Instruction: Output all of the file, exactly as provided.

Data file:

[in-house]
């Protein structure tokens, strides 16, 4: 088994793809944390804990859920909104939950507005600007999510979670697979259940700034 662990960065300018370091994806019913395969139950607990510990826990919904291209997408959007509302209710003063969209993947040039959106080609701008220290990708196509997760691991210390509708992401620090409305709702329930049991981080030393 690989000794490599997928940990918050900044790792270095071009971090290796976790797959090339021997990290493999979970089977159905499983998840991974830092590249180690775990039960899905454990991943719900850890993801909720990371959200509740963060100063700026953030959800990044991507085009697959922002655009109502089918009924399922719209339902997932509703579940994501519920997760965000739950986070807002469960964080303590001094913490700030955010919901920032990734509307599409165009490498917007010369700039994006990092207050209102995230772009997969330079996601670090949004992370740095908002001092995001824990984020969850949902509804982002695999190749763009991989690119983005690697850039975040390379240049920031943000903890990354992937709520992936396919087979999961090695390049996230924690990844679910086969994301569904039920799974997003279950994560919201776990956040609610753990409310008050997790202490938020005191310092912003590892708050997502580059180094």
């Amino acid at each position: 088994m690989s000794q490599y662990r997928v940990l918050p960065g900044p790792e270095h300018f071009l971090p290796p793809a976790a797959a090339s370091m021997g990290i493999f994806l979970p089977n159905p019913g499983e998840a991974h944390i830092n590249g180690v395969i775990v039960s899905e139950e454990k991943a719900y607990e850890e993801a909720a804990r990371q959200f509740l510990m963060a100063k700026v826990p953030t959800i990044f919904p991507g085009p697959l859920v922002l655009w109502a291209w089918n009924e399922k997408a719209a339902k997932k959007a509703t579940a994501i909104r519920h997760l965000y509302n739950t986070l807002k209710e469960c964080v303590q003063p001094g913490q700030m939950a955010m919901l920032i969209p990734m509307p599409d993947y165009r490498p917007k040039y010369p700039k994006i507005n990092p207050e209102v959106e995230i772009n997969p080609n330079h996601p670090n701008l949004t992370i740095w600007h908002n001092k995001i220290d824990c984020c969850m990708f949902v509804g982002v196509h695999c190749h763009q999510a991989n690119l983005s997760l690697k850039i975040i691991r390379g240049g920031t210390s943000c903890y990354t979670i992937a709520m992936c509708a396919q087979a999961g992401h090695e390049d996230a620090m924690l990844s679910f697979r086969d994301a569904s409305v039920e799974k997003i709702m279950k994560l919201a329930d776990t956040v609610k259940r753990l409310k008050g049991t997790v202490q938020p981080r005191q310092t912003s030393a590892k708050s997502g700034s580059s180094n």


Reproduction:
[in-house]
């Protein structure tokens, strides 16, 4: 088994793809944390804990859920909104939950507005600007999510979670697979259940700034 662990960065300018370091994806019913395969139950607990510990826990919904291209997408959007509302209710003063969209993947040039959106080609701008220290990708196509997760691991210390509708992401620090409305709702329930049991981080030393 690989000794490599997928940990918050900044790792270095071009971090290796976790797959090339021997990290493999979970089977159905499983998840991974830092590249180690775990039960899905454990991943719900850890993801909720990371959200509740963060100063700026953030959800990044991507085009697959922002655009109502089918009924399922719209339902997932509703579940994501519920997760965000739950986070807002469960964080303590001094913490700030955010919901920032990734509307599409165009490498917007010369700039994006990092207050209102995230772009997969330079996601670090949004992370740095908002001092995001824990984020969850949902509804982002695999190749763009991989690119983005690697850039975040390379240049920031943000903890990354992937709520992936396919087979999961090695390049996230924690990844679910086969994301569904039920799974997003279950994560919201776990956040609610753990409310008050997790202490938020005191310092912003590892708050997502580059180094």
């Amino acid at each position: 088994m690989s000794q490599y662990r997928v940990l918050p960065g900044p790792e270095h300018f071009l971090p290796p793809a976790a797959a090339s370091m021997g990290i493999f994806l979970p089977n159905p019913g499983e998840a991974h944390i830092n590249g180690v395969i775990v039960s899905e139950e454990k991943a719900y607990e850890e993801a909720a804990r990371q959200f509740l510990m963060a100063k700026v826990p953030t959800i990044f919904p991507g085009p697959l859920v922002l655009w109502a291209w089918n009924e399922k997408a719209a339902k997932k959007a509703t579940a994501i909104r519920h997760l965000y509302n739950t986070l807002k209710e469960c964080v303590q003063p001094g913490q700030m939950a955010m919901l920032i969209p990734m509307p599409d993947y165009r490498p917007k040039y010369p700039k994006i507005n990092p207050e209102v959106e995230i772009n997969p080609n330079h996601p670090n701008l949004t992370i740095w600007h908002n001092k995001i220290d824990c984020c969850m990708f949902v509804g982002v196509h695999c190749h763009q999510a991989n690119l983005s997760l690697k850039i975040i691991r390379g240049g920031t210390s943000c903890y990354t979670i992937a709520m992936c509708a396919q087979a999961g992401h090695e390049d996230a620090m924690l990844s679910f697979r086969d994301a569904s409305v039920e799974k997003i709702m279950k994560l919201a329930d776990t956040v609610k259940r753990l409310k008050g049991t997790v202490q938020p981080r005191q310092t912003s030393a590892k708050s997502g700034s580059s180094n």